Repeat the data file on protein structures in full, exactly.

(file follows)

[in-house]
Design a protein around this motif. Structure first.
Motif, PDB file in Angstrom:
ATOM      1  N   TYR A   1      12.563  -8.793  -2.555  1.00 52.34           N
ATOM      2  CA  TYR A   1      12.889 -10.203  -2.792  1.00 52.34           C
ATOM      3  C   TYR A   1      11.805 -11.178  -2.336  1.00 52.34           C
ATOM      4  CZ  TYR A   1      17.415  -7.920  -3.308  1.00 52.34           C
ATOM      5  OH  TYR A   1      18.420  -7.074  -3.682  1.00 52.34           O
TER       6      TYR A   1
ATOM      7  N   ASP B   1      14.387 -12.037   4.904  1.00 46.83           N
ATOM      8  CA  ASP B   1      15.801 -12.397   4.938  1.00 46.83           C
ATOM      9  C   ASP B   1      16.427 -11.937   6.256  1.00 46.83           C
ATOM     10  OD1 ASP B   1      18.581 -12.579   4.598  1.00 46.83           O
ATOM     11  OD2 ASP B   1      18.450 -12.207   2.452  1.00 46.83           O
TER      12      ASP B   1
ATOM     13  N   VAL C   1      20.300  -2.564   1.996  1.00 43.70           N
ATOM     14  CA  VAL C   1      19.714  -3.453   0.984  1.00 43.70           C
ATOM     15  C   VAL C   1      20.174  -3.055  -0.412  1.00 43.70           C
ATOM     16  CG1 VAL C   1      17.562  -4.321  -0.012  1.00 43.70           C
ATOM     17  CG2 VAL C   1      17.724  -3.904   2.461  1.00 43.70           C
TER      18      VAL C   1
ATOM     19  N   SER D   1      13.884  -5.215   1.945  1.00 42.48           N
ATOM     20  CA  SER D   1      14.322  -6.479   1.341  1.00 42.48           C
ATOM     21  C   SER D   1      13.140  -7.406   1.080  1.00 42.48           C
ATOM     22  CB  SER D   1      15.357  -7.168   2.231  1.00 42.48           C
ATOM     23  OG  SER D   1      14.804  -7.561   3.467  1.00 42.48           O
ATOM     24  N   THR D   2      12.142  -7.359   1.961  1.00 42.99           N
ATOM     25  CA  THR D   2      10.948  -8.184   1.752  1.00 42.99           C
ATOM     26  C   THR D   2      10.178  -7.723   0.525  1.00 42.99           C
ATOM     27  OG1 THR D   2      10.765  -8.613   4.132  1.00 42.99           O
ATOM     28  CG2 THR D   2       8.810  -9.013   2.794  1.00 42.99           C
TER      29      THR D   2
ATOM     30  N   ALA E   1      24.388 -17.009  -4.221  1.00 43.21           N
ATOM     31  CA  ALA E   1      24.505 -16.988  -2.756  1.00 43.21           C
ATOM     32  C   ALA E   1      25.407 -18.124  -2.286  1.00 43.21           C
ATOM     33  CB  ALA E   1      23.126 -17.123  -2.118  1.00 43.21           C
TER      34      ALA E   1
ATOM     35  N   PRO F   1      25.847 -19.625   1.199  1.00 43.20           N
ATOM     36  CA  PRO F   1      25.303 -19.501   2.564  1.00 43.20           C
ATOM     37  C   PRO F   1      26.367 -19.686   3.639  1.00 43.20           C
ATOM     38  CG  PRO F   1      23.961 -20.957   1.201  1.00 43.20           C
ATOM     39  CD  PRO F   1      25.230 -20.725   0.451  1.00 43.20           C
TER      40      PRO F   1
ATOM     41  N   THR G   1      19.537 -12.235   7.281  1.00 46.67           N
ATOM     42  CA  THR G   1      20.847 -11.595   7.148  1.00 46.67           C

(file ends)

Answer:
[in-house]
Design a protein around this motif. Structure first.
Motif, PDB file in Angstrom:
ATOM      1  N   TYR A   1      12.563  -8.793  -2.555  1.00 52.34           N
ATOM      2  CA  TYR A   1      12.889 -10.203  -2.792  1.00 52.34           C
ATOM      3  C   TYR A   1      11.805 -11.178  -2.336  1.00 52.34           C
ATOM      4  CZ  TYR A   1      17.415  -7.920  -3.308  1.00 52.34           C
ATOM      5  OH  TYR A   1      18.420  -7.074  -3.682  1.00 52.34           O
TER       6      TYR A   1
ATOM      7  N   ASP B   1      14.387 -12.037   4.904  1.00 46.83           N
ATOM      8  CA  ASP B   1      15.801 -12.397   4.938  1.00 46.83           C
ATOM      9  C   ASP B   1      16.427 -11.937   6.256  1.00 46.83           C
ATOM     10  OD1 ASP B   1      18.581 -12.579   4.598  1.00 46.83           O
ATOM     11  OD2 ASP B   1      18.450 -12.207   2.452  1.00 46.83           O
TER      12      ASP B   1
ATOM     13  N   VAL C   1      20.300  -2.564   1.996  1.00 43.70           N
ATOM     14  CA  VAL C   1      19.714  -3.453   0.984  1.00 43.70           C
ATOM     15  C   VAL C   1      20.174  -3.055  -0.412  1.00 43.70           C
ATOM     16  CG1 VAL C   1      17.562  -4.321  -0.012  1.00 43.70           C
ATOM     17  CG2 VAL C   1      17.724  -3.904   2.461  1.00 43.70           C
TER      18      VAL C   1
ATOM     19  N   SER D   1      13.884  -5.215   1.945  1.00 42.48           N
ATOM     20  CA  SER D   1      14.322  -6.479   1.341  1.00 42.48           C
ATOM     21  C   SER D   1      13.140  -7.406   1.080  1.00 42.48           C
ATOM     22  CB  SER D   1      15.357  -7.168   2.231  1.00 42.48           C
ATOM     23  OG  SER D   1      14.804  -7.561   3.467  1.00 42.48           O
ATOM     24  N   THR D   2      12.142  -7.359   1.961  1.00 42.99           N
ATOM     25  CA  THR D   2      10.948  -8.184   1.752  1.00 42.99           C
ATOM     26  C   THR D   2      10.178  -7.723   0.525  1.00 42.99           C
ATOM     27  OG1 THR D   2      10.765  -8.613   4.132  1.00 42.99           O
ATOM     28  CG2 THR D   2       8.810  -9.013   2.794  1.00 42.99           C
TER      29      THR D   2
ATOM     30  N   ALA E   1      24.388 -17.009  -4.221  1.00 43.21           N
ATOM     31  CA  ALA E   1      24.505 -16.988  -2.756  1.00 43.21           C
ATOM     32  C   ALA E   1      25.407 -18.124  -2.286  1.00 43.21           C
ATOM     33  CB  ALA E   1      23.126 -17.123  -2.118  1.00 43.21           C
TER      34      ALA E   1
ATOM     35  N   PRO F   1      25.847 -19.625   1.199  1.00 43.20           N
ATOM     36  CA  PRO F   1      25.303 -19.501   2.564  1.00 43.20           C
ATOM     37  C   PRO F   1      26.367 -19.686   3.639  1.00 43.20           C
ATOM     38  CG  PRO F   1      23.961 -20.957   1.201  1.00 43.20           C
ATOM     39  CD  PRO F   1      25.230 -20.725   0.451  1.00 43.20           C
TER      40      PRO F   1
ATOM     41  N   THR G   1      19.537 -12.235   7.281  1.00 46.67           N
ATOM     42  CA  THR G   1      20.847 -11.595   7.148  1.00 46.67           C